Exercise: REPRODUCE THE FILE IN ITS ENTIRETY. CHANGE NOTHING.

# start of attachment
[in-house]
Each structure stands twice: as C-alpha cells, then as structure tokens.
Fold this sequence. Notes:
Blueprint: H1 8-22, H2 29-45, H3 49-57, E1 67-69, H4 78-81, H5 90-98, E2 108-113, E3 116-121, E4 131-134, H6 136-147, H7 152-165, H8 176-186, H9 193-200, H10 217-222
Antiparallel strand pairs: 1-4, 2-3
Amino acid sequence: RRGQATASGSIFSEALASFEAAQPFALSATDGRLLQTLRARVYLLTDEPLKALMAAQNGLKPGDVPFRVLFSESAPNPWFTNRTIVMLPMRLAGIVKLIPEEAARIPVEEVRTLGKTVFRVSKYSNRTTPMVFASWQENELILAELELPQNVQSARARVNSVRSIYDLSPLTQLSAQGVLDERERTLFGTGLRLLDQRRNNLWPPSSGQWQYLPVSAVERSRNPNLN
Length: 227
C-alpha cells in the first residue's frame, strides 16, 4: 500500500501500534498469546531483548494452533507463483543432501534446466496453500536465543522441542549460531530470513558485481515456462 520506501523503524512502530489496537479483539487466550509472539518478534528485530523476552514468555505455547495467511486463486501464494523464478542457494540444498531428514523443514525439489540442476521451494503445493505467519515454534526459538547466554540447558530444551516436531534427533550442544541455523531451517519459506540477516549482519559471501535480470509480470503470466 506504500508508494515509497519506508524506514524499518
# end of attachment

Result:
[in-house]
Each structure stands twice: as C-alpha cells, then as structure tokens.
Fold this sequence. Notes:
Blueprint: H1 8-22, H2 29-45, H3 49-57, E1 67-69, H4 78-81, H5 90-98, E2 108-113, E3 116-121, E4 131-134, H6 136-147, H7 152-165, H8 176-186, H9 193-200, H10 217-222
Antiparallel strand pairs: 1-4, 2-3
Amino acid sequence: RRGQATASGSIFSEALASFEAAQPFALSATDGRLLQTLRARVYLLTDEPLKALMAAQNGLKPGDVPFRVLFSESAPNPWFTNRTIVMLPMRLAGIVKLIPEEAARIPVEEVRTLGKTVFRVSKYSNRTTPMVFASWQENELILAELELPQNVQSARARVNSVRSIYDLSPLTQLSAQGVLDERERTLFGTGLRLLDQRRNNLWPPSSGQWQYLPVSAVERSRNPNLN
Length: 227
C-alpha cells in the first residue's frame, strides 16, 4: 500500500501500534498469546531483548494452533507463483543432501534446466496453500536465543522441542549460531530470513558485481515456462 520506501523503524512502530489496537479483539487466550509472539518478534528485530523476552514468555505455547495467511486463486501464494523464478542457494540444498531428514523443514525439489540442476521451494503445493505467519515454534526459538547466554540447558530444551516436531534427533550442544541455523531451517519459506540477516549482519559471501535480470509480470503470466 506504500508508494515509497519506508524506514524499518